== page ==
five upper floors. It was a typical example of an interwar apartment block. In the mid-1950s, Nikos Hadjikyriakos-Ghika decided to live in the building, which belonged to his family, on a permanent basis. For this purpose a further storey was added. The artist lived on the fifth floor of the building, using the unusually spacious and well-lit space on the sixth floor as a studio and library. He lived and worked there continuously for almost forty years until his death in September 1994. After his death these areas were preserved as they had been decorated and arranged during the artist’s lifetime. For more information on the six different Benaki museums, have a look at http://www.benaki.gr/index.asp?lang=gr&id=402

5. Painting with OMILO on the island of Andros: “Greek Cultural Week”
Inspired by the efforts of the Benaki Museum, also OMILO decided to offer something for the artistic students around! During our “Greek Cultural Week” from 29/7 till 3/8 on the island of Andros, apart from cooking-, dancing- and Greek lessons, we now also offer painting lessons! Greece is renowned for its good light, so what better place to learn or improve how to paint, combined with a great holiday in a stunning location. The 5 day course will take you on a journey to explore your creative self. Inspired by the magnificent surroundings of Andros, from the blues of the Mediterranean, to the greens of the landscape, and the colours of the wild flowers and wonderful local fruit and vegetables, you will have the opportunity to express yourself through colour. Whether you want to paint the landscape you see or release your imagination. Each individual will follow a unique journey through art. The aim is to understand the basic concepts of drawing, and then progress to working with pastels, watercolours, acrylics on canvas, mixed media, and oils on canvas (though some of you may choose to focus on one medium for the full week). The course is for everybody, from complete beginners to advanced, whether you are 8 or 80!! All materials will be provided, and the aim is to send you all home with at least 3 works of art!!! For all the information about the “Greek Cultural Week”, have a look at: http://omilo.com/cms/index.php?option=com_content&view=article&id=29&Itemid=38&lang=en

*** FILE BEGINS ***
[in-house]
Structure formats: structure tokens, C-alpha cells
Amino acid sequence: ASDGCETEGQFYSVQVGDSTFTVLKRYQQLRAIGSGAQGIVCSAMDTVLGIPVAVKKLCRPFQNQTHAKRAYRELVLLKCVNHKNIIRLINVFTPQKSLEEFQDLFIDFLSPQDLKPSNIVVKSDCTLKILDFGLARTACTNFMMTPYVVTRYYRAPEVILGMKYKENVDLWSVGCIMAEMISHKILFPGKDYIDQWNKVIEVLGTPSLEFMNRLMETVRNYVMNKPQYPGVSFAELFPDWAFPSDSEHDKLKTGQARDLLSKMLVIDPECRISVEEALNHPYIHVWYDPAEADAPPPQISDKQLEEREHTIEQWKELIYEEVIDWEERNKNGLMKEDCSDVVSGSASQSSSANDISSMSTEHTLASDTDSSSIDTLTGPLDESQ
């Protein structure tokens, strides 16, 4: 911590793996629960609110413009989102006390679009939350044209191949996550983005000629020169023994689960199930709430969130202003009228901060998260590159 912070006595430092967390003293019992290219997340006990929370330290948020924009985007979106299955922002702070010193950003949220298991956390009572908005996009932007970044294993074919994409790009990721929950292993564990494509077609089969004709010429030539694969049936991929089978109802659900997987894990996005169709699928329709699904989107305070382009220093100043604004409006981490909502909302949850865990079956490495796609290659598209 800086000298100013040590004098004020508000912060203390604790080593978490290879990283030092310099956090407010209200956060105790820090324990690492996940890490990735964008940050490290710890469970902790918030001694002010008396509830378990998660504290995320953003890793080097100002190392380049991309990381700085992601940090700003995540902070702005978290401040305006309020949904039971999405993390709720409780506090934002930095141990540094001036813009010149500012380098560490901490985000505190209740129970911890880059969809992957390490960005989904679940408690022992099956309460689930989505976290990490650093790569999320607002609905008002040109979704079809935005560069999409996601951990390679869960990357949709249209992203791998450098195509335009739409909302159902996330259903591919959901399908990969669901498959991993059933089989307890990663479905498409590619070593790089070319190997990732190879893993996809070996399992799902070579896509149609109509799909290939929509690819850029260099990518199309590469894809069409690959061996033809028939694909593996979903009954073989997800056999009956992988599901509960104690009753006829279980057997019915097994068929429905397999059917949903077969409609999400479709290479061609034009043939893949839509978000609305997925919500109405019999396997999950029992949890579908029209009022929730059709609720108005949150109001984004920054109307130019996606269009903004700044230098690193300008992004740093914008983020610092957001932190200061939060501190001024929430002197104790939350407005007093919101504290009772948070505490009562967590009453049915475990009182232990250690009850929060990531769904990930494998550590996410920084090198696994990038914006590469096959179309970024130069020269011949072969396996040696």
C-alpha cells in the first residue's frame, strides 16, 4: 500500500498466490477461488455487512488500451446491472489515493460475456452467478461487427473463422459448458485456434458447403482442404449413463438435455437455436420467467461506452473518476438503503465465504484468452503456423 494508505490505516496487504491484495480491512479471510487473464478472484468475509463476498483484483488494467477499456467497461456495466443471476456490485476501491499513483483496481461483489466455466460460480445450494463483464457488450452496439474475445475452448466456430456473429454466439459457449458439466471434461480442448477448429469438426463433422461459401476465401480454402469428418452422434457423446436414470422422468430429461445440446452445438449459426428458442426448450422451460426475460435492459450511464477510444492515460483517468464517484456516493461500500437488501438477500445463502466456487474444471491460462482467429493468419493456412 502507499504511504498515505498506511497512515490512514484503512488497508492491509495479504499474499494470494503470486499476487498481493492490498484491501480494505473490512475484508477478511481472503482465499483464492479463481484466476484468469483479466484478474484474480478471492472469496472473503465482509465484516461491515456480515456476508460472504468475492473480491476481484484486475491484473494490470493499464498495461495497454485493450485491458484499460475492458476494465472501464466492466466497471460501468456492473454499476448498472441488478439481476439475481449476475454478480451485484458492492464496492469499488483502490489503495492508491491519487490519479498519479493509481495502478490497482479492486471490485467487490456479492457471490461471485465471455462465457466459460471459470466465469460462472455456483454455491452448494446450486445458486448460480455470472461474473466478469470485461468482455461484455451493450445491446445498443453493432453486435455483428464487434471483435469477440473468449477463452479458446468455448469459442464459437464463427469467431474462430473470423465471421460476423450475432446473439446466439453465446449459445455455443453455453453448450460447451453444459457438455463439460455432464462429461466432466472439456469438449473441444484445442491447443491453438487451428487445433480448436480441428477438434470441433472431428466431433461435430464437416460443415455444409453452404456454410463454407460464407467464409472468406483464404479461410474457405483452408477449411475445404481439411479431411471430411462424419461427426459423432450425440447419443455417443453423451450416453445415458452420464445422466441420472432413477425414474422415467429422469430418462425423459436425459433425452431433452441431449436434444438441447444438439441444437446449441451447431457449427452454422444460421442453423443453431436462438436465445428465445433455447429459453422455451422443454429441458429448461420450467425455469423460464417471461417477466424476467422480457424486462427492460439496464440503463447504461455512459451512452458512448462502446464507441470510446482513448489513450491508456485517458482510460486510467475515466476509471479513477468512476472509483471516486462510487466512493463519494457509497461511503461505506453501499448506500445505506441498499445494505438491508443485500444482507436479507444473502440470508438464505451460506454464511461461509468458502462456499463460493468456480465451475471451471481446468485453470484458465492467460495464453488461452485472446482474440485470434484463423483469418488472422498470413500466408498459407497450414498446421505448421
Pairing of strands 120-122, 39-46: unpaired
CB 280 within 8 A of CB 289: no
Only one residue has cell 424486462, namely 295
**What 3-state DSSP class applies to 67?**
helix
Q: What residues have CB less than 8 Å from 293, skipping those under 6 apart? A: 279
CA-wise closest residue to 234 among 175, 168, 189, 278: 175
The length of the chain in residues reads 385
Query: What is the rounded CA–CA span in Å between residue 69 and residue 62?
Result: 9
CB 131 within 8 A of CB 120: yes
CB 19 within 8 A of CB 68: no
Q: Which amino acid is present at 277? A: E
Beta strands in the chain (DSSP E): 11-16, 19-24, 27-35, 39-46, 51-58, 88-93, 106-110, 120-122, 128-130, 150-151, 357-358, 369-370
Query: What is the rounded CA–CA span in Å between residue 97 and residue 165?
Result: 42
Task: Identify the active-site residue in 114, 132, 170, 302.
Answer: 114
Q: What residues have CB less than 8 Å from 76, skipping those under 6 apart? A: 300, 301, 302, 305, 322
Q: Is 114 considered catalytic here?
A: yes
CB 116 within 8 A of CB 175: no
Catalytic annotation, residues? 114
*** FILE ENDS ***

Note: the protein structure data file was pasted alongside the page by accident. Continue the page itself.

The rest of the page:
6. Greek Orthodox Easter : Food & Traditions
The Greek Orthodox Pascha (Easter) season starts with The Great Lent, beginning on a Monday (Ash Monday) seven weeks before Easter Sunday. The Greek Orthodox faith follows a modified Julian calendar to establish the date of Easter each year. Fasting Greek Orthodox Lent is a time of fasting, which means abstaining from foods that contain animals with red blood (meats, poultry, game) and products from animals with red blood (milk, cheese, eggs, etc.), and fish and seafood with backbones. Olive oil and wine are also restricted. The number of meals on each day is also limited. The purpose of fasting is to cleanse the body as well as the spirit in preparation for accepting the Resurrection at Easter, which is the most sacred of all observances in the Greek Orthodox faith. The above is the “theory” but in practice few people really follow all the “guidelines”. However, in every shop, including bakeries and patisseries you will find various foods, labeled